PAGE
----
Saturday, Sept. 16 is National Hunting, Trapping, and Fishing Heritage Day to recognize the importance of these activities to our economy, identity, and culture.
This year, Heritage Day coincides with Waterfowler Heritage Day — set aside for young hunters under the age of 18 to hunt ducks for a day before the regular opening day. The public hunting blinds at Long Point will be available for use that day, with a draw being held at 5 a.m. to select blinds. Note that early Canada goose and mourning dove season are already open.
And to set the stage for all this, the day before has been unofficially deemed Camo Day. So, if you come in my office and see my staff wearing camouflage clothing, this is not a fashion faux pas. I’m featuring squirrel hunting gear I picked up in North Carolina.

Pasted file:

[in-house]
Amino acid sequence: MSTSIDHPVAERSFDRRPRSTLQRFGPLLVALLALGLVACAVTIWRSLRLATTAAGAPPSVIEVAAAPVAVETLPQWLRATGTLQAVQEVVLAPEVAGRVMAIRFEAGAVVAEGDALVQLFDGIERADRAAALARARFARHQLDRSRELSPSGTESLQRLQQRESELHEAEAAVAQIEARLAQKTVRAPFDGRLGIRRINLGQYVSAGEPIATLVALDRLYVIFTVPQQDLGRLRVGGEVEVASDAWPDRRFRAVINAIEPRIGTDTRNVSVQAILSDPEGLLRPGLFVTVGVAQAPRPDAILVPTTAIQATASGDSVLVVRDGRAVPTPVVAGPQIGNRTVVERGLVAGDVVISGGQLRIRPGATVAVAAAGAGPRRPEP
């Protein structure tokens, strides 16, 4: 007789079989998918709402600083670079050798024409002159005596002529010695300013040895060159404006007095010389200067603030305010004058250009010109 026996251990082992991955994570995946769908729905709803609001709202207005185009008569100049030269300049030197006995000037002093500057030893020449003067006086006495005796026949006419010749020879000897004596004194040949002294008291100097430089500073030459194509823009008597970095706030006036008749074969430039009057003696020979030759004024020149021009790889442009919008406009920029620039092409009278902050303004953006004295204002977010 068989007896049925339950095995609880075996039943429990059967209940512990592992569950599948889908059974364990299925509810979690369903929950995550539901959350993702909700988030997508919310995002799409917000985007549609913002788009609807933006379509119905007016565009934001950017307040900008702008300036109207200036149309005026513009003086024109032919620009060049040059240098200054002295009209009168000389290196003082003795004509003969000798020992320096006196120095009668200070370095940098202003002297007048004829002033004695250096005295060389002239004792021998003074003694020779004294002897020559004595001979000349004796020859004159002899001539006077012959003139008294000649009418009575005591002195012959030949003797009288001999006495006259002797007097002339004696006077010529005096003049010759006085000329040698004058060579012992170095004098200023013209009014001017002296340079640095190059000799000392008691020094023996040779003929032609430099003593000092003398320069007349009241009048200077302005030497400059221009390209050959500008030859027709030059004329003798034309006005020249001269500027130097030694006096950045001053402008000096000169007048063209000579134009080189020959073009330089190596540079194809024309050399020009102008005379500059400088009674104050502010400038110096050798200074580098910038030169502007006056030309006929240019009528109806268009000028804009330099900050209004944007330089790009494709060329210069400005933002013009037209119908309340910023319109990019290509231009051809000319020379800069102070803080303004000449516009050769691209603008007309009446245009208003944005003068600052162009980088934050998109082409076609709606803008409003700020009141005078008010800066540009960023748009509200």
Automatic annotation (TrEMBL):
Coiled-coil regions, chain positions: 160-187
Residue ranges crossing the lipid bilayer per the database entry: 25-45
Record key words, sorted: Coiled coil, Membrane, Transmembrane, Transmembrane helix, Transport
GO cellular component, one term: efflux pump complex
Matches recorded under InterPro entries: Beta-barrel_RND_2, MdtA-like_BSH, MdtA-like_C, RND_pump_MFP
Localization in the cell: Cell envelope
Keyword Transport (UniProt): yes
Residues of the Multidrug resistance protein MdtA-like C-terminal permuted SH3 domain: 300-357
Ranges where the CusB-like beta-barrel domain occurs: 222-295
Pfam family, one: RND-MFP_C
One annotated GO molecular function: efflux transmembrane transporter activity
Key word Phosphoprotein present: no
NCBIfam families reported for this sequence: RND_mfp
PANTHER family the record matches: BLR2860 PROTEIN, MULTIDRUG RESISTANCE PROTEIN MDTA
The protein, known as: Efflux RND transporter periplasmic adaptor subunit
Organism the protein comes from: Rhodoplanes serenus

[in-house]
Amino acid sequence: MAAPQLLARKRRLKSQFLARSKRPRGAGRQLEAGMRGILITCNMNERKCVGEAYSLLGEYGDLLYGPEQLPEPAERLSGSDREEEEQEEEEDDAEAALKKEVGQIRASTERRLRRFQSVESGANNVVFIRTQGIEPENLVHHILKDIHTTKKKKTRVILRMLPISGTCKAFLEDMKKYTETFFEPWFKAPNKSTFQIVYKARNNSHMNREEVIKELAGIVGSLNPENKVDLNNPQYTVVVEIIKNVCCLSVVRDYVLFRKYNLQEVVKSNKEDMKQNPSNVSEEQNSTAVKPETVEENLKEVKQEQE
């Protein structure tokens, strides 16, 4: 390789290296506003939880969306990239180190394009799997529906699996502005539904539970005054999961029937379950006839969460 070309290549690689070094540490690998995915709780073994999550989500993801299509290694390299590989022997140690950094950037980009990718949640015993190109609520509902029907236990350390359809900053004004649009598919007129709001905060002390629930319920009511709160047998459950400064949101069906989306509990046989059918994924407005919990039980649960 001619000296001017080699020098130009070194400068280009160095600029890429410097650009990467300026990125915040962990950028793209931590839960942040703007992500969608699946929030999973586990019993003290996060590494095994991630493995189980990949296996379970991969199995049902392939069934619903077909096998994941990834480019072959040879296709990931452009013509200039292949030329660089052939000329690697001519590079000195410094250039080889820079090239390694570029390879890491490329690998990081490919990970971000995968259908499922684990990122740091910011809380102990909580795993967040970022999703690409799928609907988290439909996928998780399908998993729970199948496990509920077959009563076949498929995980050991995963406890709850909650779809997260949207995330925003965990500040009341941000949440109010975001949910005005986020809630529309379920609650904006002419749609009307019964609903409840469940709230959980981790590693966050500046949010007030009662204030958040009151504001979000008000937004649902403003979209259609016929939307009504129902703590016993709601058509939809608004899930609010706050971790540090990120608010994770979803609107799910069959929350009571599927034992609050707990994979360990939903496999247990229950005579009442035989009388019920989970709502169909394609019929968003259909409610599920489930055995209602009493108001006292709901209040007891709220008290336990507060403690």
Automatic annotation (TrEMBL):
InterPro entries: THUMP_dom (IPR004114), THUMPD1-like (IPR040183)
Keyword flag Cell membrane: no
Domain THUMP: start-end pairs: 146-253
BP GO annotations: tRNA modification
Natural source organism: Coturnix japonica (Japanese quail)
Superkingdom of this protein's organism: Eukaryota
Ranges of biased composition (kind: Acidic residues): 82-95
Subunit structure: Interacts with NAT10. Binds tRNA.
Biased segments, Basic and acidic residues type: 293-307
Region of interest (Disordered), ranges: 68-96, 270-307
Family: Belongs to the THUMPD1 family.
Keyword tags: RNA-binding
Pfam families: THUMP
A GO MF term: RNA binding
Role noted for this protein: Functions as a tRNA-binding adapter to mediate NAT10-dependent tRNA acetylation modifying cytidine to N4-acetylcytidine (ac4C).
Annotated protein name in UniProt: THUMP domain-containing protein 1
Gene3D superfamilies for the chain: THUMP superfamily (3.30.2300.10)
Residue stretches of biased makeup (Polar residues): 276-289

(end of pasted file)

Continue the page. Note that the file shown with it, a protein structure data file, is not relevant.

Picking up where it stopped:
On the provincial legislative front, as Parliamentary Assistant to the Minister of Natural Resources, I shepherded legislation in 2002 to enshrine the right to hunt and fish in Ontario. Our Heritage Hunting and Fishing Act passed and recognize our outdoors heritage. Speaking to the bill at the time, I said: “In my riding, for example, hunting and fishing are, for many, much more than recreation. They are a way of life.”